* Posts by T 7

21 publicly visible posts • joined 7 Sep 2018

Lantum S3 bucket leak is prescription for chaos for thousands of UK doctors

T 7

Re: Lack of consequences

I was recently contacted by a locum agency. Based in Milton Keynes. They are always based in Milton Keynes. I had never heard of them before so I asked how they got my data.

The response is below. There is wholesale transfer of information by recruiters between agencies. I have complained to the agencies, to the ICO to everyone. No one gives a damn.

Thank you for getting in touch regarding the issue with my colleague XXXX.

My name is YYYY, I am the director for the doctors division with ZZZZ.

I have looked into this issue and have come across an error made by a previous recruiter that is no longer with the business. I believe he may have spoken with you at a previous agency and wanted to add you to our system which we were not aware of.

This didn’t happen in the end, but he made the error of adding your email address to another of our working candidates profiles which meant you received this email mistakenly.

I really do apologise for the inconvenience and stress caused by this, we had no other details for you on the system and the email address was only held unknowingly on an incorrect file.

I can assure you this has now been removed and rectified. Thank you for bringing this to my attention and please give me a call if you have any other questions.

Have a great week & take care.

Another RAC staffer nabbed for storing, sharing car crash data

T 7

I'm amazed the ICO took the slightest bit of interest. Not because of the seriousness of it, but because the ICO seem to me to be entirely uninterested in the kind of low level day to day data theft / exfiltration that goes on routinely across the land. Fair play to them. I shall up my opinion o them by a notch.

Crypto craziness craps out – and about time too

T 7

Re: Blockchain next..

I agree. Take medical records for example. A hash is created every time the record changes and that hash incorportates the previous 'block' as well.. That hash is stored with 3 trusted blockhain providers. This allows a chain of evidence such that if the record is tampered with, it is clear that the chain involved in 'building' that record has been altered. Shipman was caught from altered records.

There will be multiple other use cases where document trails and chains need to be clear. This is a great idea. Is it any more secure than a central database, or worth the extra hassle, that I do not know.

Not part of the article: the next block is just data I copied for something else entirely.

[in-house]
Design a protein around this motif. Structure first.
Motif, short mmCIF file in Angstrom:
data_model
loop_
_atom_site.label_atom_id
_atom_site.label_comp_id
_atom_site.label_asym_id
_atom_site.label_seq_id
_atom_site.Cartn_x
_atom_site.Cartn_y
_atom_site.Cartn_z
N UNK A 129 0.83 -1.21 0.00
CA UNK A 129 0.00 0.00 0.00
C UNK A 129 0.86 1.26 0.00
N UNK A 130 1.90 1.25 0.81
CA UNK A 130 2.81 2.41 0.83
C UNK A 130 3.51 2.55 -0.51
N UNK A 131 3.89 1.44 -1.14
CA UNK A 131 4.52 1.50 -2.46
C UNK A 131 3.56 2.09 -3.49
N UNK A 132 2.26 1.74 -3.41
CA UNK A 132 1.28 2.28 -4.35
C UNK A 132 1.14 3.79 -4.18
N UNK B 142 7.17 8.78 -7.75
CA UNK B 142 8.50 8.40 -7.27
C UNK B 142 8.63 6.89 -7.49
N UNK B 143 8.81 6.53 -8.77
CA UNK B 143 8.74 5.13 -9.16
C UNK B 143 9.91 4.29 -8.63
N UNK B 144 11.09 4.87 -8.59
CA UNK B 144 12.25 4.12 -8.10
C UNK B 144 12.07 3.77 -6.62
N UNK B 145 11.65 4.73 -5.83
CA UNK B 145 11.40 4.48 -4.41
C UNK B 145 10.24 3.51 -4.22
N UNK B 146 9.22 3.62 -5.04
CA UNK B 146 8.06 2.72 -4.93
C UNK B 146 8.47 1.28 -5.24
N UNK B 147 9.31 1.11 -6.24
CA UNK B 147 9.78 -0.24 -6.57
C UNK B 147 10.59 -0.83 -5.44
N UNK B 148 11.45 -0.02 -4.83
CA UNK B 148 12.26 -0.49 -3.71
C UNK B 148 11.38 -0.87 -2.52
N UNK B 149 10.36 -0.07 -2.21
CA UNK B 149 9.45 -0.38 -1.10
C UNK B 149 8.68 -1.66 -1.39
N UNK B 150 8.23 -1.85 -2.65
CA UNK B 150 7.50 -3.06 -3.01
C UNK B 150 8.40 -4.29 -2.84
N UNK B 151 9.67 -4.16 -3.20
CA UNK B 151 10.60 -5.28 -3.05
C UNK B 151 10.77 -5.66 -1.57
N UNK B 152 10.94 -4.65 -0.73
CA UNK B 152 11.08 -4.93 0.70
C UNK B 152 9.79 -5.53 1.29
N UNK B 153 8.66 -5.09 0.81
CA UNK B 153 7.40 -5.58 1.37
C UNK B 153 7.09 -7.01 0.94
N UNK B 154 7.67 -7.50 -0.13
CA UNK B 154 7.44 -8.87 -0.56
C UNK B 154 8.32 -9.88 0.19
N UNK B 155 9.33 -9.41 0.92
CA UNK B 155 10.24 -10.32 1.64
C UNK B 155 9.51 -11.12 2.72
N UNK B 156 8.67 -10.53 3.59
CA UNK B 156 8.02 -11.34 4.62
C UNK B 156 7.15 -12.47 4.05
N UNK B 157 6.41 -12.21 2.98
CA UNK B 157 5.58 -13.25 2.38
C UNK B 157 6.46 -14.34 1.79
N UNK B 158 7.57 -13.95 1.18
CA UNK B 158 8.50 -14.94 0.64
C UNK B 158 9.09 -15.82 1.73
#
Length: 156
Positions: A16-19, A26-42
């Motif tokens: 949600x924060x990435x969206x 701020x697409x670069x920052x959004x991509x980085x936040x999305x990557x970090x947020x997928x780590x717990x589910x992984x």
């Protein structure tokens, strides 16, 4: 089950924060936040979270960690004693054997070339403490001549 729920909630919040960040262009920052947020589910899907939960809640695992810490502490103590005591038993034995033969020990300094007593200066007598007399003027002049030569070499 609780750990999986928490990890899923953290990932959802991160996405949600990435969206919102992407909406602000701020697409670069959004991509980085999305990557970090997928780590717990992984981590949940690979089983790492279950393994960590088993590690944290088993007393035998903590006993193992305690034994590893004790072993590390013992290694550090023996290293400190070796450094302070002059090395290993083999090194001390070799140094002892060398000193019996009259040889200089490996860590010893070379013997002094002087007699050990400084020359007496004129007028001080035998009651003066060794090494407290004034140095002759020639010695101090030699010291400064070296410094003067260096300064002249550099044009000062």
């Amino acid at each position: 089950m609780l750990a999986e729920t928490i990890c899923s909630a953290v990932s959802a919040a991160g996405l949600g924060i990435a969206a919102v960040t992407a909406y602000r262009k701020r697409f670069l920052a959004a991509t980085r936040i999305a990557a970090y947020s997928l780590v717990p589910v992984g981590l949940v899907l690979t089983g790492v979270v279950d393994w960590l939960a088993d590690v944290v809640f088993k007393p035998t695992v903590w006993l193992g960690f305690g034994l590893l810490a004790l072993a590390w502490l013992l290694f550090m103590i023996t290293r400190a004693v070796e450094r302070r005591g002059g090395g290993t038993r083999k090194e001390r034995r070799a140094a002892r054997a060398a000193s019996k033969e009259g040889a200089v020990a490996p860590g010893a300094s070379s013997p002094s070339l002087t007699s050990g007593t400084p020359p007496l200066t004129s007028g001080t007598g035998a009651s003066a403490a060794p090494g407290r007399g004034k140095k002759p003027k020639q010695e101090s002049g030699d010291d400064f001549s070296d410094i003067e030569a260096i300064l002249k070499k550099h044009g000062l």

British Airways flights grounded due to glitch in flight planning app

T 7

Sounds like Technical Issues Throw Spanner Unto Plane

Inadequate IT partly to blame for NHS doctors losing 13.5 million working hours

T 7

You are right. It's not hard. PC / HPC / PMH / Meds / Allergies / Social History.

Any number of diagrams that have come to be used as medical shorthand

Risks / Benefits types of blood tests, specific diagnoses etc etc etc

Remind me how many SNOMED categories there are?

T 7

By calling my mobile, or emailing me. Mainly emailing as mobiles do not work in the operating theatres (reception rather than any concerns about interferance)

Or coming to see me in any one of the 20 operating theatres I might be in after looking at the rota. They do not assume I am sat in the office, or in the place I was in for 10 minutes, 3.5 weeks ago.

T 7

The ward managers do not work every day. Long days means they work 3 days a week. The matrons cover several wards. The ward doctors are a team. We are not 9-5 teams. Operating theatres have different staff in then every day.

The solutions should fit our working patterns and normal practices.

T 7

Re: another closed system with no upgrade path

Exactly this.

Like what openbanking has done for bank back end / front end separation, let’s see the same for healthcare.

T 7

I'm going to have to call out some of this.

I report computers all the time. The rpeorting system is based on the idea that I use a single computer. As an anaesthetist I report computers on Ward A not working. I leave ward A's phone number. IT support call back 2 hours later and as they cannot speak to me on Ward A, the ticket is closed. I am now in the operating theatre giving anaesthetics. I have also had IT support come to the anaesthetic department to fix computers on Ward Z. Because I am an anaesthetist, the ticket must relate to the computers in my office.

I use >5 computers a day. Every day. The reason people do not report is because when they do the problem does not get fixed, and I have to chase up all the 'closed' tickets

We are on the same side but I think we probably do not appreciate how each other works

T 7

I am an NHS Consultant Anaesthetist.

We do not have tap and go at work. So as I see patients prior to the operating list, who are spread far and wide, I have to log on seperately at each computer.

Approx 20% of COWS (computers on wheels) are in graveyards on each ward.

I do not understand it but if too many people log onto a computer, the profiles build up and the computer slows down. So they need a wipe (hard drive, not clinell) every now and then. WTF are we wheeling round unwieldy machines with terrible battery life when the rest of the world has moved to fondleslabs.

Mice are attached by the shortest possible usb leads and have large weights along the lead that makes them very difficult to use.

Wifi is patchy at best.

We use cerner. The UX comments above are bang on the money. There have to be better ways streamlining common workflows rather than a one size fits no-one approach

And it's not like getting data out for operational improvement is much easier.

There is a wholesale lack of ambition and funding.